As many of you probably know, I have been actively researching my father's family history for the past few years. When I started the project in 2004, I was particularly interested in learning more about my great grandfather, Vincenzo Cervone. At that time, the only thing that was known about Vincenzo was his approximate year of death (based on the age of my grandfather when he died), and that he was survived by his wife, Condelia, and five children: Antonia, Gaetano, and Raphael, Casimero and Bonny. It was not known, however, how old he was at his death or where he was buried. More vexing yet, no one knew Vincenzo's place of birth.
Luckily for me, information about Vincenzo's children was easier to come by and provided valuable information about the family's history. This was especially the case for Raphael, who immigrated to New York with his mother in 1906 at the age of eleven. Early in my research, I found a copy of Raphael' s WWI Draft Registration Card, which indicated that he was born in San Salvo, Italy on August 11, 1894. Armed with this information, I eventaully located records at the (Morman) Family History Library in Salt Lake City, which confirmed that Condelia and Vincenzo where married in San Salvo in 1884. The couple had six children while living there -- three of whom died in infancy. The marriage and birth records also confirmed that Condelia was born in San Salvo and Vincent was born in a small town approximately 67 miles inland called Serramonacesca.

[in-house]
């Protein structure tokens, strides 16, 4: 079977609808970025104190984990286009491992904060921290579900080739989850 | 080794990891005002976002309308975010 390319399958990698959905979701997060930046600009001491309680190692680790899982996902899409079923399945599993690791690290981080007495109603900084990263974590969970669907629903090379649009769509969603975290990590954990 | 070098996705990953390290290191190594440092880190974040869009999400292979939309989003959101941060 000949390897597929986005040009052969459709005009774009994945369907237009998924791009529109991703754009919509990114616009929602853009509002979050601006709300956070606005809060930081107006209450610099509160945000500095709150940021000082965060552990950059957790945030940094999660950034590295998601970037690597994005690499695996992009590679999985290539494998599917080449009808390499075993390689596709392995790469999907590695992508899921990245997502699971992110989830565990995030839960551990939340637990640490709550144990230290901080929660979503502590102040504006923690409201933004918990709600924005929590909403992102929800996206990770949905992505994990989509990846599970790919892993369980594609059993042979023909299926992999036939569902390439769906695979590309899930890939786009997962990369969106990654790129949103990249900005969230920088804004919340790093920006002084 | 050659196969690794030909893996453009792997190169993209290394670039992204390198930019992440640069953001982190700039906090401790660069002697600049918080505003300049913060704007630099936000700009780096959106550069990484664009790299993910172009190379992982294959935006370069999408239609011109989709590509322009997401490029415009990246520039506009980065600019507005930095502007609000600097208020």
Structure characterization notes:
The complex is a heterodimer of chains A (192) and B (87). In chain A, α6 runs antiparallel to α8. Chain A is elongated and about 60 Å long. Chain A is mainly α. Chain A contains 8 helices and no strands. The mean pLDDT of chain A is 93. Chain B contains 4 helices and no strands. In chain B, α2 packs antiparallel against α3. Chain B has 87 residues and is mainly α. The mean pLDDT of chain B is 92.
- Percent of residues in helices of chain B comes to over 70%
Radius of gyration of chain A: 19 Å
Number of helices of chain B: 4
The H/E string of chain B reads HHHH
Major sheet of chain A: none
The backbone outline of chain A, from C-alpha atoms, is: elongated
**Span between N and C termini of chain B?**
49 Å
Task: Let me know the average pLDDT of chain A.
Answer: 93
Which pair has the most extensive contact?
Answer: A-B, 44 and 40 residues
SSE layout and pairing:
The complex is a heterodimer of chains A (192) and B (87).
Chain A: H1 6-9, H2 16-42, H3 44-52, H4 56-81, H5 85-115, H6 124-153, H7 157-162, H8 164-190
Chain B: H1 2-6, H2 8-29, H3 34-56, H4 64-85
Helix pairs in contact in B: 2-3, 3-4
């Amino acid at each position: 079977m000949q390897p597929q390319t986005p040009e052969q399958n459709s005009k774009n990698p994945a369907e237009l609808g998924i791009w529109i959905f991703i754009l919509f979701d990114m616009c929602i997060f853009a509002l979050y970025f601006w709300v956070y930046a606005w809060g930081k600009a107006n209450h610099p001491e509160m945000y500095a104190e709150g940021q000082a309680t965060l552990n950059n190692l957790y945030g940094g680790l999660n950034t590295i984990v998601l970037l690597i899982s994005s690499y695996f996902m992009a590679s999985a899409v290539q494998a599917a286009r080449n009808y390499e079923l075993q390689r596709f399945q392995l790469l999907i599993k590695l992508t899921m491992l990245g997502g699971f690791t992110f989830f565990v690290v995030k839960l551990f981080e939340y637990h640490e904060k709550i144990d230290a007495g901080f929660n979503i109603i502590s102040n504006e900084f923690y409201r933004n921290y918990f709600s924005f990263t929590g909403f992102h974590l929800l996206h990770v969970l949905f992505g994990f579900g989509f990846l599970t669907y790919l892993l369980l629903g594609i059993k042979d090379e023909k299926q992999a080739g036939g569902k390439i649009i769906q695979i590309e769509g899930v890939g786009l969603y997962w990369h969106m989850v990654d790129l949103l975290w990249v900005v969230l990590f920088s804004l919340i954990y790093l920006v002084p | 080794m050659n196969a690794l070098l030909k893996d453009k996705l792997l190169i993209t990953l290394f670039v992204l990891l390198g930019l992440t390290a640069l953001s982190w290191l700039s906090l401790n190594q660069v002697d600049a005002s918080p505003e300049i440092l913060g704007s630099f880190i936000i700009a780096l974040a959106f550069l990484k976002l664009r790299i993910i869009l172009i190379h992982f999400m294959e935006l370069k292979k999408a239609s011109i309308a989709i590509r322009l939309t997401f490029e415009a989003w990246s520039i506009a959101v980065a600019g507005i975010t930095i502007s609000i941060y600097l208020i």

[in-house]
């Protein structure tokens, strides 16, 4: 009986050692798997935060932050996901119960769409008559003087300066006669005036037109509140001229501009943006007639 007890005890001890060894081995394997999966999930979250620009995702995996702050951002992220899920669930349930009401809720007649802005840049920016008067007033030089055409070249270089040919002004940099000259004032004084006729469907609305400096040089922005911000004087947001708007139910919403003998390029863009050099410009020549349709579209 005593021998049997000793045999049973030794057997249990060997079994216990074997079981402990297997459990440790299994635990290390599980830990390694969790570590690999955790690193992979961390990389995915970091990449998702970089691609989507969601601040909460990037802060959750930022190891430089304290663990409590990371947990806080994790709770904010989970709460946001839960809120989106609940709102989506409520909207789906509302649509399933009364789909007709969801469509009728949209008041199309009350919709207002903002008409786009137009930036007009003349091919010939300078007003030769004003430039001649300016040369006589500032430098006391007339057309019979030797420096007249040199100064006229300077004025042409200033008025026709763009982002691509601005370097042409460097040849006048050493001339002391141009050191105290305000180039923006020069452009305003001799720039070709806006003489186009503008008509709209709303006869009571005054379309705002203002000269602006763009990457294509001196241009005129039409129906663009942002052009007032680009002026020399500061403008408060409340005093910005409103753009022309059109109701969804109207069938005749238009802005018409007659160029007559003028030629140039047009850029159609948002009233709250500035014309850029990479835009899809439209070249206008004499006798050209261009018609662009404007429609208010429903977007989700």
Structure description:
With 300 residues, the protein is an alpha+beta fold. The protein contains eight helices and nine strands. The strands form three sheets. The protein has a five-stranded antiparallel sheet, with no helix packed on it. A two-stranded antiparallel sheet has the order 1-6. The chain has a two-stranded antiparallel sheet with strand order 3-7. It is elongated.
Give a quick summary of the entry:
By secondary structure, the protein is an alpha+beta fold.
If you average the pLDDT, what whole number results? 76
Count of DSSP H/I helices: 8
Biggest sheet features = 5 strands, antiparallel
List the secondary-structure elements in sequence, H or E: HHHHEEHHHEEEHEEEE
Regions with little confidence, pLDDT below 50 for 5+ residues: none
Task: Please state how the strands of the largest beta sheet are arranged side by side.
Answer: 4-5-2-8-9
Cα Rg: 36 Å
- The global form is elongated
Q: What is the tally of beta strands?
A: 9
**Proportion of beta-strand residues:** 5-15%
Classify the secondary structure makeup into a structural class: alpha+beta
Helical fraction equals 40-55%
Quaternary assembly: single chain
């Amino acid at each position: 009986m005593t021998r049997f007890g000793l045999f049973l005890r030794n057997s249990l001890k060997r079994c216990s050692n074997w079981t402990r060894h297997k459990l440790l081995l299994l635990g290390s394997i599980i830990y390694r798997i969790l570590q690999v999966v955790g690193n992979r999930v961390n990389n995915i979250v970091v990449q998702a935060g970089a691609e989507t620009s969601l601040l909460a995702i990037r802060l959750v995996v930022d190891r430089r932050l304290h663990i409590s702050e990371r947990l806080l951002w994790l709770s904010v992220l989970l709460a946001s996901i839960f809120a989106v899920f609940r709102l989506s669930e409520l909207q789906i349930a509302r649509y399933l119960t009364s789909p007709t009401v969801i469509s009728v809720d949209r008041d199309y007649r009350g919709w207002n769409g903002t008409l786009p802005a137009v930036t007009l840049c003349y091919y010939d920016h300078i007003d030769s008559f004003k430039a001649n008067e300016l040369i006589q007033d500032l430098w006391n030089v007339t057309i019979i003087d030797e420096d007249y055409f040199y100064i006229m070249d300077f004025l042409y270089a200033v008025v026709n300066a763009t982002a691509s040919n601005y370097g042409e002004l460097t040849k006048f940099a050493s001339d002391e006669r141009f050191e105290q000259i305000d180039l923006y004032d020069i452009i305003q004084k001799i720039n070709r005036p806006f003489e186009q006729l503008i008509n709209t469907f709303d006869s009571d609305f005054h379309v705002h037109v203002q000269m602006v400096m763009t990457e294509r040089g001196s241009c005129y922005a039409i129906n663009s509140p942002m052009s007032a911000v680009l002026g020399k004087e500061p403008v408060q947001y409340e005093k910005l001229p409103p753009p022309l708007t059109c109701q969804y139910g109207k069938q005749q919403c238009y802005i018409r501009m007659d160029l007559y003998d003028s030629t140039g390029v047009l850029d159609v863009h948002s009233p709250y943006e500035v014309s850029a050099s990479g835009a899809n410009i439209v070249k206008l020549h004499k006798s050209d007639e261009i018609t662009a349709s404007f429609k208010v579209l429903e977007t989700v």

It turns out that San Salvo and Serramonacesca are both located in the Abruzzo Region of Italy, approximately 50 miles due east of Rome. I now know that between 1810 and 1871, my great great great grandfather, Dominico, and my great great grandfather, Gaetano, lived in Serramonacesca with their families. (If you look at the map above, you will see that Serramonacesca is located at the northern tip of the Majella National Park, just to the east of Mannopella.) Some time between 1871 and 1875, Gaetano Cervone's family immigrated to San Salvo, on the Adriatic Coast just east of Vasto. It was from here that three of his children (Vincenzo, Cesidia and Dominico) immigrated to New York with their families around the turn of the century. Approximately 25 miles to the south of Serramonacesca is the cityof Popoli. My great great grandparents, Pietro Caffarelli and Lucia Bucci, and their three married children (Lucia Carozzo, Prudenza Picozzi and Giuseppe Cafarelli) immigrated from here around the turn of the century. Approximately 12 miles to the south of Popoli is the city of Sulmona. My great grandfather Angelo Carrozzo was born here in 1871.
My entire family (with the exception of Dominico Cervone) eventually settled in the town of Greenport on Eastern Long Island. I will never really know what brought them east, but one thing is for sure: Abruzzo was the starting point for many Italian Families who settled in Greenport. And if nothing else, the abundant farm land and the access to the sea must have made them feel oddly at home.